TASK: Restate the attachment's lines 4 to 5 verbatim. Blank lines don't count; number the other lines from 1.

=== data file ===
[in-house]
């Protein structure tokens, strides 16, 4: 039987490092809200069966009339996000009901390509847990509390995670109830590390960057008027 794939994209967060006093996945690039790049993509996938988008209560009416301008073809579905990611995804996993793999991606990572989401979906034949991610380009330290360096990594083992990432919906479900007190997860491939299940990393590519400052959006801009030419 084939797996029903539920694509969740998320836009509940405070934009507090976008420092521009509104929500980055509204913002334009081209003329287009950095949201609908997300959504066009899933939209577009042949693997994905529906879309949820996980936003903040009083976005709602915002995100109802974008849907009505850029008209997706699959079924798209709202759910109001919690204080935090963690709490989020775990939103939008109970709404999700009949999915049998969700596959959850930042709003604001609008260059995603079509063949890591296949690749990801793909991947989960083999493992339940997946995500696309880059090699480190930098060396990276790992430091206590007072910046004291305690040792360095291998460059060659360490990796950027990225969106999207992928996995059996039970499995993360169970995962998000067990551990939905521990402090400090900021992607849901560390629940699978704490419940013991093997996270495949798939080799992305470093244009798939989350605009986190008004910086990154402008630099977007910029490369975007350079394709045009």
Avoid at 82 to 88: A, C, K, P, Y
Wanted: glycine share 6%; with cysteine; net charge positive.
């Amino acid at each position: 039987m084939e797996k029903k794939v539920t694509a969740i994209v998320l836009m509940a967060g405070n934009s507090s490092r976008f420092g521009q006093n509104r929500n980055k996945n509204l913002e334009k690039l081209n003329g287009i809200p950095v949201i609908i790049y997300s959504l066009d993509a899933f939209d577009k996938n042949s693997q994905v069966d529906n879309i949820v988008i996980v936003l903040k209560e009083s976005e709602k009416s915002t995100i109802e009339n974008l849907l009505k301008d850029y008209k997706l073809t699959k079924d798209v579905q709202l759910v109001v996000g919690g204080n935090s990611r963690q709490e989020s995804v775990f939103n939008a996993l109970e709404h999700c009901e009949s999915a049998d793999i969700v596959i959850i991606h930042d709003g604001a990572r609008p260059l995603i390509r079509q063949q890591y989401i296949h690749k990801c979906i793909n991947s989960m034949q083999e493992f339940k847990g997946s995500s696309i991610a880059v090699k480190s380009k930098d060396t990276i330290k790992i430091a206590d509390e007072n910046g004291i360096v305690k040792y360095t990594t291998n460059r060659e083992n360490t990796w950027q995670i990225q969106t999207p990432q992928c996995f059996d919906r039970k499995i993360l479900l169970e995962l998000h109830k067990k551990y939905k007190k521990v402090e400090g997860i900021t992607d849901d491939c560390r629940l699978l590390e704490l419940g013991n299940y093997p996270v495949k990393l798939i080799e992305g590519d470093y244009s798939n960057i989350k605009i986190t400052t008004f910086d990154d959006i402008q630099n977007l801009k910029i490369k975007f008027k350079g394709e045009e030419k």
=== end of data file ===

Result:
Wanted: glycine share 6%; with cysteine; net charge positive.
């Amino acid at each position: 039987m084939e797996k029903k794939v539920t694509a969740i994209v998320l836009m509940a967060g405070n934009s507090s490092r976008f420092g521009q006093n509104r929500n980055k996945n509204l913002e334009k690039l081209n003329g287009i809200p950095v949201i609908i790049y997300s959504l066009d993509a899933f939209d577009k996938n042949s693997q994905v069966d529906n879309i949820v988008i996980v936003l903040k209560e009083s976005e709602k009416s915002t995100i109802e009339n974008l849907l009505k301008d850029y008209k997706l073809t699959k079924d798209v579905q709202l759910v109001v996000g919690g204080n935090s990611r963690q709490e989020s995804v775990f939103n939008a996993l109970e709404h999700c009901e009949s999915a049998d793999i969700v596959i959850i991606h930042d709003g604001a990572r609008p260059l995603i390509r079509q063949q890591y989401i296949h690749k990801c979906i793909n991947s989960m034949q083999e493992f339940k847990g997946s995500s696309i991610a880059v090699k480190s380009k930098d060396t990276i330290k790992i430091a206590d509390e007072n910046g004291i360096v305690k040792y360095t990594t291998n460059r060659e083992n360490t990796w950027q995670i990225q969106t999207p990432q992928c996995f059996d919906r039970k499995i993360l479900l169970e995962l998000h109830k067990k551990y939905k007190k521990v402090e400090g997860i900021t992607d849901d491939c560390r629940l699978l590390e704490l419940g013991n299940y093997p996270v495949k990393l798939i080799e992305g590519d470093y244009s798939n960057i989350k605009i986190t400052t008004f910086d990154d959006i402008q630099n977007l801009k910029i490369k975007f008027k350079g394709e045009e030419k």